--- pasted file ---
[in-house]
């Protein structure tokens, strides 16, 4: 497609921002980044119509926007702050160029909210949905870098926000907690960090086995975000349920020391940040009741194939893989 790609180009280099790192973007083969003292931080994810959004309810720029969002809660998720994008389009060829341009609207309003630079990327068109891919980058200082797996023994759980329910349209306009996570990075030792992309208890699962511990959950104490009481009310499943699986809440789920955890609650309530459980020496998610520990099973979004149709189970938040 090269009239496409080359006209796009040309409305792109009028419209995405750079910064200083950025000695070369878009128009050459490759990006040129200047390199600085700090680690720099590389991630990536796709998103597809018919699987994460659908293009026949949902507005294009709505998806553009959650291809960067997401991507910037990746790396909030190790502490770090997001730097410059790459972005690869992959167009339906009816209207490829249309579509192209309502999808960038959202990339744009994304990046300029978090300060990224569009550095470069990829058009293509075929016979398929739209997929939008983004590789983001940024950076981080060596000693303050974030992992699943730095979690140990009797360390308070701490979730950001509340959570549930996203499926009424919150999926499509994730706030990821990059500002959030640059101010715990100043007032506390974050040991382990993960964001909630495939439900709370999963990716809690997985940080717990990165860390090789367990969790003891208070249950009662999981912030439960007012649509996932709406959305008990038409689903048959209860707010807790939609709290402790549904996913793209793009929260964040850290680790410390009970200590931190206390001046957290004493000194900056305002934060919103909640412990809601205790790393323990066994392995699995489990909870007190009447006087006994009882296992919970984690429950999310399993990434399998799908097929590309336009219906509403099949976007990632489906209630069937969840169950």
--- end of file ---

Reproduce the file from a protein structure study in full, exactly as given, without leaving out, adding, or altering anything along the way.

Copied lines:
[in-house]
């Protein structure tokens, strides 16, 4: 497609921002980044119509926007702050160029909210949905870098926000907690960090086995975000349920020391940040009741194939893989 790609180009280099790192973007083969003292931080994810959004309810720029969002809660998720994008389009060829341009609207309003630079990327068109891919980058200082797996023994759980329910349209306009996570990075030792992309208890699962511990959950104490009481009310499943699986809440789920955890609650309530459980020496998610520990099973979004149709189970938040 090269009239496409080359006209796009040309409305792109009028419209995405750079910064200083950025000695070369878009128009050459490759990006040129200047390199600085700090680690720099590389991630990536796709998103597809018919699987994460659908293009026949949902507005294009709505998806553009959650291809960067997401991507910037990746790396909030190790502490770090997001730097410059790459972005690869992959167009339906009816209207490829249309579509192209309502999808960038959202990339744009994304990046300029978090300060990224569009550095470069990829058009293509075929016979398929739209997929939008983004590789983001940024950076981080060596000693303050974030992992699943730095979690140990009797360390308070701490979730950001509340959570549930996203499926009424919150999926499509994730706030990821990059500002959030640059101010715990100043007032506390974050040991382990993960964001909630495939439900709370999963990716809690997985940080717990990165860390090789367990969790003891208070249950009662999981912030439960007012649509996932709406959305008990038409689903048959209860707010807790939609709290402790549904996913793209793009929260964040850290680790410390009970200590931190206390001046957290004493000194900056305002934060919103909640412990809601205790790393323990066994392995699995489990909870007190009447006087006994009882296992919970984690429950999310399993990434399998799908097929590309336009219906509403099949976007990632489906209630069937969840169950």